About Haft Vadi Studio

Haft Vadi Belly Dance Studio was founded by Dharlene Valeda in October of 2002, making it Kitchener's longest running belly dance studio. It focuses on the teaching of Egyptian cabaret belly dance, Egyptian folkloric dance, and Arabic drumming. 

Egyptian Dance's Aesthetic

What distinguishes Egyptian belly dance is its the focus on making the complex and beautiful music of composers visible to the audience. To achieve this, class time is spent working on the intricate movements of the dance, as well as on learning about Arabic music.  This is why the studio also offers drumming and music classes.

The movements taught at Haft Vadi are mainly from the modern Egyptian style of belly dance. Some exemplars of this style are Souhair Zaki, Naima Akef, Fifi Abdo, Mona Said, Raqia Hassan, Yasmina Ramzy, Hadia, Sahra Kent and Shareen el Safy. The style is characterized by an upright posture with softly straight legs, a long lower back and isolation of the movements of the ribs and hips. Arms move within a soft column with soft angles and subtle yet expressive hands. The style is subtle and intricate, with layering of movements, in order to express many instruments in the orchestra simultaneously. Movements vary in mood, speed and intensity as the music inspires the dancer.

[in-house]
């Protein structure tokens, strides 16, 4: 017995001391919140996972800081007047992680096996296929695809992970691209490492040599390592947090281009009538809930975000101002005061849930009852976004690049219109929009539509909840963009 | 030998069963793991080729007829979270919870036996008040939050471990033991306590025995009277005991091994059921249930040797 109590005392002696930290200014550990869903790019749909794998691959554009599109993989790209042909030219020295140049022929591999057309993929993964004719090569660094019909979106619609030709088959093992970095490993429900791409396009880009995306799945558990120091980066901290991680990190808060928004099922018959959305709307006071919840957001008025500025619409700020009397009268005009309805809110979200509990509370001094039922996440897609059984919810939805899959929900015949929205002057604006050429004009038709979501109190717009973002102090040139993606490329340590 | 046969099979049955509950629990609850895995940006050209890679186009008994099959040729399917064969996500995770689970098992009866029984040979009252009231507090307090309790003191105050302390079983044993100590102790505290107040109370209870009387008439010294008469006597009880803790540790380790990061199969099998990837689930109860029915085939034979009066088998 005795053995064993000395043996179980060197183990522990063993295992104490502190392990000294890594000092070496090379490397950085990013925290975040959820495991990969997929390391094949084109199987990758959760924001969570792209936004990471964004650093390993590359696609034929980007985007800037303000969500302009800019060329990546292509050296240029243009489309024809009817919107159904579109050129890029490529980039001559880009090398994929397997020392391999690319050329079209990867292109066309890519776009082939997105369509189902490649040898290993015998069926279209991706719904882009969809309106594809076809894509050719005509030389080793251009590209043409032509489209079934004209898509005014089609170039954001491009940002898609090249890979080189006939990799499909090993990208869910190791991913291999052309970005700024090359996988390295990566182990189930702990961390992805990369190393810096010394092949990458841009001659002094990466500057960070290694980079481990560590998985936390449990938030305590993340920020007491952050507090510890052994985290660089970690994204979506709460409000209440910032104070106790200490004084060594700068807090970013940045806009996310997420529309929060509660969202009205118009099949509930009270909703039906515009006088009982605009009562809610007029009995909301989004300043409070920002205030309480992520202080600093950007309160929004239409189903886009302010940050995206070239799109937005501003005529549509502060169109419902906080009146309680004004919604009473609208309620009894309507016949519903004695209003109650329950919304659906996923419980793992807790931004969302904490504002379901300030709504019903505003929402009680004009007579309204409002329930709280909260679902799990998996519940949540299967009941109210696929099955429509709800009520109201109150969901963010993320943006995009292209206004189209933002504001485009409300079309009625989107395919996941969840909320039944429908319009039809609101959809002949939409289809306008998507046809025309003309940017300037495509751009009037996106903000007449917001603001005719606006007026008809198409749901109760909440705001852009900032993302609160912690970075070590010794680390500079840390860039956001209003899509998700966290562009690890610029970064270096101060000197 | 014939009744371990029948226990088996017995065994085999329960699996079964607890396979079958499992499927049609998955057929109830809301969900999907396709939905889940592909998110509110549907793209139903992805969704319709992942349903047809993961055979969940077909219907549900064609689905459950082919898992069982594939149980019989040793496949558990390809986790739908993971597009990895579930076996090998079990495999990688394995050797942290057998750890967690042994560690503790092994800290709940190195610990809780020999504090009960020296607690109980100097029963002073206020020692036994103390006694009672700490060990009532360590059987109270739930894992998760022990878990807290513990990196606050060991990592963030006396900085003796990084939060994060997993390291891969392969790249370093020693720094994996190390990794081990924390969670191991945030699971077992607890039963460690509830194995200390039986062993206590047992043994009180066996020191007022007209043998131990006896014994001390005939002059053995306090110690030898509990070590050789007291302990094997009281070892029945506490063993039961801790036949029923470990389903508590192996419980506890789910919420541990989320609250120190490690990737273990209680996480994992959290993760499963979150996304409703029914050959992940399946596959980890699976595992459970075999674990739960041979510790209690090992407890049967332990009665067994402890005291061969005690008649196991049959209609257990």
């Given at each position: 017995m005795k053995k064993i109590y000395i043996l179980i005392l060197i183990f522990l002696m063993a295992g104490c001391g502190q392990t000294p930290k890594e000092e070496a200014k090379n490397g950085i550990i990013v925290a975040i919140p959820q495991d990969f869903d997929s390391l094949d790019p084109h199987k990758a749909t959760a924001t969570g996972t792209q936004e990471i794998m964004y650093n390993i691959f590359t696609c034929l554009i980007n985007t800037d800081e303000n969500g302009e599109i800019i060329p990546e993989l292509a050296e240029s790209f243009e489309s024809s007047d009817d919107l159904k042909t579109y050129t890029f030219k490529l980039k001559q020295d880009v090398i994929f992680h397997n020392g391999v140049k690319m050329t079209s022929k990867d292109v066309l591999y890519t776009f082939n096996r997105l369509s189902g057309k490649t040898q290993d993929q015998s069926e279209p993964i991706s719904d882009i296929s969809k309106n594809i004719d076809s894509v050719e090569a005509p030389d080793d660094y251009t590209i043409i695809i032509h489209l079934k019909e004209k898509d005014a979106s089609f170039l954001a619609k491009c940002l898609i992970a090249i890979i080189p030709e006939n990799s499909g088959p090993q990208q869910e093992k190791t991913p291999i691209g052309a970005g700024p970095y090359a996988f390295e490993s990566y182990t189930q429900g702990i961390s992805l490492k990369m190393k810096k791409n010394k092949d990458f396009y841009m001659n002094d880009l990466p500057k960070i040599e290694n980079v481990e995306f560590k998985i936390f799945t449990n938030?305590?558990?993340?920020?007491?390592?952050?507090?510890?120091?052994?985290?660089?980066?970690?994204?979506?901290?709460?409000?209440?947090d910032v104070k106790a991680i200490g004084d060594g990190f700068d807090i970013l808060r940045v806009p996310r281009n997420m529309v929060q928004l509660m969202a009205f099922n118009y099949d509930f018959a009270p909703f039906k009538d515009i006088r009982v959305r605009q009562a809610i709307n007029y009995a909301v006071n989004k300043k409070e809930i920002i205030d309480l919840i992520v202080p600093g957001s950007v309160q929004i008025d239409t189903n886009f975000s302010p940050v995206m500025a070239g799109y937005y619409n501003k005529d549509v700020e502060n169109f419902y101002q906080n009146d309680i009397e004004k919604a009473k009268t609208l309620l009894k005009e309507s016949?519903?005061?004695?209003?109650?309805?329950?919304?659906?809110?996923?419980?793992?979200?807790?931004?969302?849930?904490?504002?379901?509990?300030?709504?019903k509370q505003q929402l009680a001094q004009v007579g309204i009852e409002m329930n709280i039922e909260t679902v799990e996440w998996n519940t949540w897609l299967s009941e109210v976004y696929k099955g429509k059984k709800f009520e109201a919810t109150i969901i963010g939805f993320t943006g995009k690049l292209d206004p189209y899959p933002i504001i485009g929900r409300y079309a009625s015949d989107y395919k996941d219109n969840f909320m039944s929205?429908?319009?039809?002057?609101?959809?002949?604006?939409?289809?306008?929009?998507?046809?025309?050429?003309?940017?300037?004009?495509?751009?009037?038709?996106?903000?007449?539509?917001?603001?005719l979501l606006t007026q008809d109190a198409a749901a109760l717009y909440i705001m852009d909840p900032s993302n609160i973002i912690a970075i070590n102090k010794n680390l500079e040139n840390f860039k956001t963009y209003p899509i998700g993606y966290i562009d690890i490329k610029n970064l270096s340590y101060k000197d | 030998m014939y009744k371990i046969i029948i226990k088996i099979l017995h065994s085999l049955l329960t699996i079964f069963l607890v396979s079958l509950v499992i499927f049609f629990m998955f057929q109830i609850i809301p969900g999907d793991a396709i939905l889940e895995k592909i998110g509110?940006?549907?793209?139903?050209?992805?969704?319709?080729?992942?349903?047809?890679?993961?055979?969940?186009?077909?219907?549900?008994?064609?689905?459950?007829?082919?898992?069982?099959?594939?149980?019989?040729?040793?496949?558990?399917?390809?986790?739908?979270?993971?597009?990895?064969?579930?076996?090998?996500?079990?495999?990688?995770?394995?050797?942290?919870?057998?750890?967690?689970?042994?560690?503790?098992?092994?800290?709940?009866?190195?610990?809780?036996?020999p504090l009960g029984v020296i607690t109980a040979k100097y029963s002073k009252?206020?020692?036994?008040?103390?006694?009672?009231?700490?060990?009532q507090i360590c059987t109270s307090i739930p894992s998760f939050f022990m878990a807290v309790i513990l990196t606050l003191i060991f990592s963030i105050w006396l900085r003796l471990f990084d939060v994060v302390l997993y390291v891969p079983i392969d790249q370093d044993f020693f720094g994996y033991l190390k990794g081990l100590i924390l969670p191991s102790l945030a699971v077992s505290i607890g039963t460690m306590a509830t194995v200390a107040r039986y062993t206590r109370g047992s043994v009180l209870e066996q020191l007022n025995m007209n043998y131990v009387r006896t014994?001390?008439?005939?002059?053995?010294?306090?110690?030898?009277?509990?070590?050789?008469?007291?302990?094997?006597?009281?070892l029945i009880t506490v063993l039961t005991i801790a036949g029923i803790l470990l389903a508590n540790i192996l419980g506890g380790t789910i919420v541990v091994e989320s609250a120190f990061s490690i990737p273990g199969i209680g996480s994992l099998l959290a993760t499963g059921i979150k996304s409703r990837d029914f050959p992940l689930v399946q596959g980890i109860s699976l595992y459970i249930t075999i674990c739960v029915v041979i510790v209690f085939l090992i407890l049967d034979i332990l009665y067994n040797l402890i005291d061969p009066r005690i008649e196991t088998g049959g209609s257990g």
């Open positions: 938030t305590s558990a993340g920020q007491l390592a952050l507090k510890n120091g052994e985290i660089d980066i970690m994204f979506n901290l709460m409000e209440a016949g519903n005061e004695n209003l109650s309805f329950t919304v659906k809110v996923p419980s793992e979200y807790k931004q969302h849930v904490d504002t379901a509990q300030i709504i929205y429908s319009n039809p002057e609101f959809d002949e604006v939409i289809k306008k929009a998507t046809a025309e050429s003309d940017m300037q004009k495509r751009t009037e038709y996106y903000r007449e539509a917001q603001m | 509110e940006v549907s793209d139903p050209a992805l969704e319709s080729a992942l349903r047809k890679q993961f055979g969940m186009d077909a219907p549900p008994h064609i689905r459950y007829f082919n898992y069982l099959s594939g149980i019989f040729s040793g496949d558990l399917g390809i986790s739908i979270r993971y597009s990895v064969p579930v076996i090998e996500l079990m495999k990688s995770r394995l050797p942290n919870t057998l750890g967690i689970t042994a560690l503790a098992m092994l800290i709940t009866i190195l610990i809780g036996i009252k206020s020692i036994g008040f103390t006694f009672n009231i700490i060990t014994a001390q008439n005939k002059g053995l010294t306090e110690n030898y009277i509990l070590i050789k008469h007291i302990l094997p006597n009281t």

Teacher Training

The teachers at Haft Vadi are very committed to presenting belly dance from within its Egyptian context, while including the innovations of American and European belly dancers. Instructors at the studio receive ongoing training with personal feedback from master dancers, to provide you with the most authentic experience of belly dance possible, outside of going to Egypt!

Class Size 

Haft Vadi specializes in small, custom-tailored classes to give you the attention and space you need to grow as a dancer. Clear sight-lines of the instructor and the mirrors, individual feedback on each stage of instruction and personalized curriculum development are a priority.

Meaning of Haft Vadi

Haft Vadi means "seven valleys" in Persian. Still curious